What do they mean, "What's your character?"

Josh Burch

Elite Member
Aug 11, 2011
2,961
1,096
Utah
Hey everyone,
I feel like older magicians are very keen on asking young guys what their character is. I think it would help us to be able to define our own characters if we understand how to identify others characters. Perhaps we could make a list of what we get from other magicians characters. I don't think there are any wrong answers here. I'll name a few here to start, please add and critique my list as you see fit. I'll include what I think their character is in one sentence and why they perform their magic in another.

Derren Brown- I see him as a legitimate mind reader with real world psychological know how the only reason he claims it's fake is because it's the moral thing to do. He performs make people question why they do things and how they do things by sharing his unique perspective on life.

David Copperfield- Is a dreamer, poet heart throb and romantic. He performs in order to make his and his audiences dreams become true.

Please add to the list
 
Penn & Teller: Vaudville variety act, talking loudmouth and silent foil.

Criss Angel: Rocker-Goth rockstar Tv persona.

David Blaine: Half stoned every day guy who does impossible things.

Max Mavin: If not Satan himself, then he certainly works for him.

Lance Burton: Sophistcated classy magician. Elligant.

Channing Pollock: Classy, sexy, charming entertainer.

Doug Henning: magic that looks at the world with a child like innocence and wonder.

Dan Sperry: Industrial Goth, edgy magic.

Yuri Gellar: "real" mentalist with "real" psychic powers.

Jeff McBride: Theatrical story teller with shamanistic influences.
 
I would actually encourage people to refrain from using vague suggestive and over used words like "cool" or "creative" as it doesn't achieve a clear and objective deffenition of character.

In Dan and Dave's case I'd suggest non conventional as an alternative option.
 

James555

Elite Member
Sep 10, 2011
172
0
Australia
I would actually encourage people to refrain from using vague suggestive and over used words like "cool" or "creative" as it doesn't achieve a clear and objective deffenition of character.

In Dan and Dave's case I'd suggest non conventional as an alternative option.

Ok my bad although they do have a 'cool' personality
 

James555

Elite Member
Sep 10, 2011
172
0
Australia
They do but how can you quantify "cool" to someone that has never heard of them before? Subjective words like cool takes on different meanings respective to the different individuals point of view.

Yes I see your point. Well would it be safe to say that what makes them cool is that they are relaxed guys and therefore their "cool" style is then influenced apon their flourishes and magic?
 
Oct 27, 2011
68
0
India
Paul Harris - Comic Entertainer , Astonisher
Wayne Houchin - Audience Performer, Someone who concentrates on his relationship with his spectator, Sleight of hand artist and magic mentalism
Daniel Madison -Underground magician, Gambler and cardist
Banacheck -Psychological manipulator, mentalist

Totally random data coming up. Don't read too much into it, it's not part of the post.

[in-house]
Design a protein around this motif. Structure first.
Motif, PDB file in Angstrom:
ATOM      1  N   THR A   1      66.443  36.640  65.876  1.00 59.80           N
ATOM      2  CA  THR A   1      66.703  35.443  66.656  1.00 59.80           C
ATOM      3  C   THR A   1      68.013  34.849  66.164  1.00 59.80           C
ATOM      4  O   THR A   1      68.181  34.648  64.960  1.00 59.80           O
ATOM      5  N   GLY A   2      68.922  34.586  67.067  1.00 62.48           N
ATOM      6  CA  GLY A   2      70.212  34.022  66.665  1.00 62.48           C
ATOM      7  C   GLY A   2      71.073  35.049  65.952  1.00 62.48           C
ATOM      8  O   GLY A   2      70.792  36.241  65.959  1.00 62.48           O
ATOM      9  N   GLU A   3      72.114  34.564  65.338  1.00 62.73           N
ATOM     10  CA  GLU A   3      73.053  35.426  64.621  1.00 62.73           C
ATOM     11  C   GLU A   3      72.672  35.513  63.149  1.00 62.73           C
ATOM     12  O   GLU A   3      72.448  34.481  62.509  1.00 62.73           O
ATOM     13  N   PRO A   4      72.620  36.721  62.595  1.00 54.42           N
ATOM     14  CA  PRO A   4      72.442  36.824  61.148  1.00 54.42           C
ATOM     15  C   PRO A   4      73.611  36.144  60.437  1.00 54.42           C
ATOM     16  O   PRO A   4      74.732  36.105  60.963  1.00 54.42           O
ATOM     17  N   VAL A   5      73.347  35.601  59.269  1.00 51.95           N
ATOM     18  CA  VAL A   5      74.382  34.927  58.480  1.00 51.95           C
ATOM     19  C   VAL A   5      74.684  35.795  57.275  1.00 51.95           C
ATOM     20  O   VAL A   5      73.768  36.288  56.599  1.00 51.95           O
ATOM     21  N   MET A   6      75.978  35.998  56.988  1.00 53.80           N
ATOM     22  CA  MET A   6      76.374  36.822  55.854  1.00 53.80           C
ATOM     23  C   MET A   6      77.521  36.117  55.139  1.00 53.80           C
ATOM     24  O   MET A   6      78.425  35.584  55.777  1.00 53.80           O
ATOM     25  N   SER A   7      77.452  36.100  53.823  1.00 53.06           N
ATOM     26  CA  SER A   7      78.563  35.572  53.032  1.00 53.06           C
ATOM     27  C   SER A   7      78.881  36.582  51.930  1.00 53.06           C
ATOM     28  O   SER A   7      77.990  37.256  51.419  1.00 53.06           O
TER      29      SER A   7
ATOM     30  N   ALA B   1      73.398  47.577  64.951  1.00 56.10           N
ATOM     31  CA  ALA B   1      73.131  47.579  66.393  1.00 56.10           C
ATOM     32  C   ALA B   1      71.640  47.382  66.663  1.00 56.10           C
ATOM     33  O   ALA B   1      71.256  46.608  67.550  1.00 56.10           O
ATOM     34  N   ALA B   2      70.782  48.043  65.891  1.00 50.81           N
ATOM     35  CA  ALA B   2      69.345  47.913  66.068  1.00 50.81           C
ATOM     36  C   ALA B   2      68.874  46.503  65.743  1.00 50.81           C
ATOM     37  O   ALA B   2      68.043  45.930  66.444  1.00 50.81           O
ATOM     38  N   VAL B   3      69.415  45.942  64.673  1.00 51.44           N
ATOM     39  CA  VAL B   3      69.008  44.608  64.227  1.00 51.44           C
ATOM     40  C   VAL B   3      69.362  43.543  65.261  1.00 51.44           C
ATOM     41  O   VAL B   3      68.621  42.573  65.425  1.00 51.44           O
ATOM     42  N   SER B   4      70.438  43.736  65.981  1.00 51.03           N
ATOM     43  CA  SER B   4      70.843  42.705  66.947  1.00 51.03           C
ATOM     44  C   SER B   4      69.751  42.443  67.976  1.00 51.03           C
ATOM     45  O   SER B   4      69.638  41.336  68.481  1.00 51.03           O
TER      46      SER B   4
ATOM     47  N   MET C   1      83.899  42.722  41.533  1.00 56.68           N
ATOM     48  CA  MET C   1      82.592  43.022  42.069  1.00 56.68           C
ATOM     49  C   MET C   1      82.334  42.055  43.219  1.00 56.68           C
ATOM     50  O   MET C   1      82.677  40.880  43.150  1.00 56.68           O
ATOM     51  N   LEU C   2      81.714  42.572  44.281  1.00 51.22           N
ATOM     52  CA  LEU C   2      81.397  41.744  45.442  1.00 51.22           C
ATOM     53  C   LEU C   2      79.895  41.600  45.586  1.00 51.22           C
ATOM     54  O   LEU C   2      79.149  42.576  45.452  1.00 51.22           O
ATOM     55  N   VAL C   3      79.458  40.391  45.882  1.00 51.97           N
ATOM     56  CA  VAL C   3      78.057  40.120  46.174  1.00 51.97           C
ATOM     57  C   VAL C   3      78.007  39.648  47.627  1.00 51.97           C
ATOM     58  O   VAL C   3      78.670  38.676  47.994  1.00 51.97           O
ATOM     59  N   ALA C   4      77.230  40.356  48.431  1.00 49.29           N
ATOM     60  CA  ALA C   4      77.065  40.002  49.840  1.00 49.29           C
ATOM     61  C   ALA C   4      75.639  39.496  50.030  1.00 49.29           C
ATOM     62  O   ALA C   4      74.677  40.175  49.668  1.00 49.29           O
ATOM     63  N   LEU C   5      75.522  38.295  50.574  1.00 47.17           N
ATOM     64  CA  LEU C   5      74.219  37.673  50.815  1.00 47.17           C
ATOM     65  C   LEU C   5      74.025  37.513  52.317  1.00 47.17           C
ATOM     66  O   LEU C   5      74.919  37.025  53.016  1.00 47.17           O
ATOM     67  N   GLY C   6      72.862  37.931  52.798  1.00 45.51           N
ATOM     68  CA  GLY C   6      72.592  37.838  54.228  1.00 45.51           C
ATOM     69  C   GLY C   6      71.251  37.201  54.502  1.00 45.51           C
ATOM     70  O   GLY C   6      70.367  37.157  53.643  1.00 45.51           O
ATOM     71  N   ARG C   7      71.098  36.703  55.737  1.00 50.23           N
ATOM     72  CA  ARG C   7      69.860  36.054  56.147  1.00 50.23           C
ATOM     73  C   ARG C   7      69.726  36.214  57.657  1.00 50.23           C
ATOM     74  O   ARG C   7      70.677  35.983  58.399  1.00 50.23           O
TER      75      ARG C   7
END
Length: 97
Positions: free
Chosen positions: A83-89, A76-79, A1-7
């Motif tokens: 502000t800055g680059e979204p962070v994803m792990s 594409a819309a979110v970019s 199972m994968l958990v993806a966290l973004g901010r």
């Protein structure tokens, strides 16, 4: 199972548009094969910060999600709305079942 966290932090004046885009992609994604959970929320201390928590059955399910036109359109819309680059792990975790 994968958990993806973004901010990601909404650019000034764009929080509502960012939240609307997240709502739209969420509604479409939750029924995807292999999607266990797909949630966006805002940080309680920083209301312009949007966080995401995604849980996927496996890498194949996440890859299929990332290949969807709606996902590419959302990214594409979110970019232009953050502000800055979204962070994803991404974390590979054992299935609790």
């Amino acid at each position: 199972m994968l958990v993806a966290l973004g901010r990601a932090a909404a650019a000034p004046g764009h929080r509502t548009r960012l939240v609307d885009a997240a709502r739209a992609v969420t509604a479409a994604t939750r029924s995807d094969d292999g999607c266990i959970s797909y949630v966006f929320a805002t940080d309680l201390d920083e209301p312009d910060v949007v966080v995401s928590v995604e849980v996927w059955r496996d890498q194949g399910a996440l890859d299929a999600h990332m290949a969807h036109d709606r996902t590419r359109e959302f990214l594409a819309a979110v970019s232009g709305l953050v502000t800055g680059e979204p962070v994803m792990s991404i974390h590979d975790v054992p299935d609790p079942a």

-Punyesh
 

Josh Burch

Elite Member
Aug 11, 2011
2,961
1,096
Utah
Jay Sankey- Stand up comic who does magic, or that wierd guy who flirts too much for his own good. I mean that in the best possible way :)

David Williamson- A down to earth Jim Carrey with super powers.

Kalin and Jinger- That witty couple that everyone feels comfortable with, everyone wishes they were they're good friends.
 
character |ˈkariktər|
noun
1 the mental and moral qualities distinctive to an individual : running away was not in keeping with her character.
• the distinctive nature of something : gas lamps give the area its character.
• the quality of being individual, typically in an interesting or unusual way : the island is full of character.
• strength and originality in a person's nature : she had character as well as beauty.
• a person's good reputation : to what do I owe this attack on my character?
• dated a written statement of someone's good qualities; a recommendation.
2 a person in a novel, play, or movie.
• a part played by an actor.
• [with adj. ] a person seen in terms of a particular aspect of character : he was a larger-than-life character | shady characters.
• informal an interesting or amusing individual : he's a real character.
3 a printed or written letter or symbol.
• Computing a symbol representing a letter or number.
• Computing the bit pattern used to store such a symbol.
4 chiefly Biology a characteristic, esp. one that assists in the identification of a species.
verb [ trans. ] archaic
inscribe; engrave.
• describe; characterize : you have well charactered him.
PHRASES
in (or out of) character in keeping (or not in keeping) with someone's usual pattern of behavior.
DERIVATIVES
characterful |-fəl| adjective
characterfully adverb
characterless adjective
ORIGIN Middle English : from Old French caractere, via Latin from Greek kharaktēr ‘a stamping tool.’ From the early sense [distinctive mark] arose [token, feature, or trait] (early 16th cent.), and from this [a description, esp. of a person's qualities,] giving rise to [distinguishing qualities.]

The whole definition of the word. But keep your eye on the first example.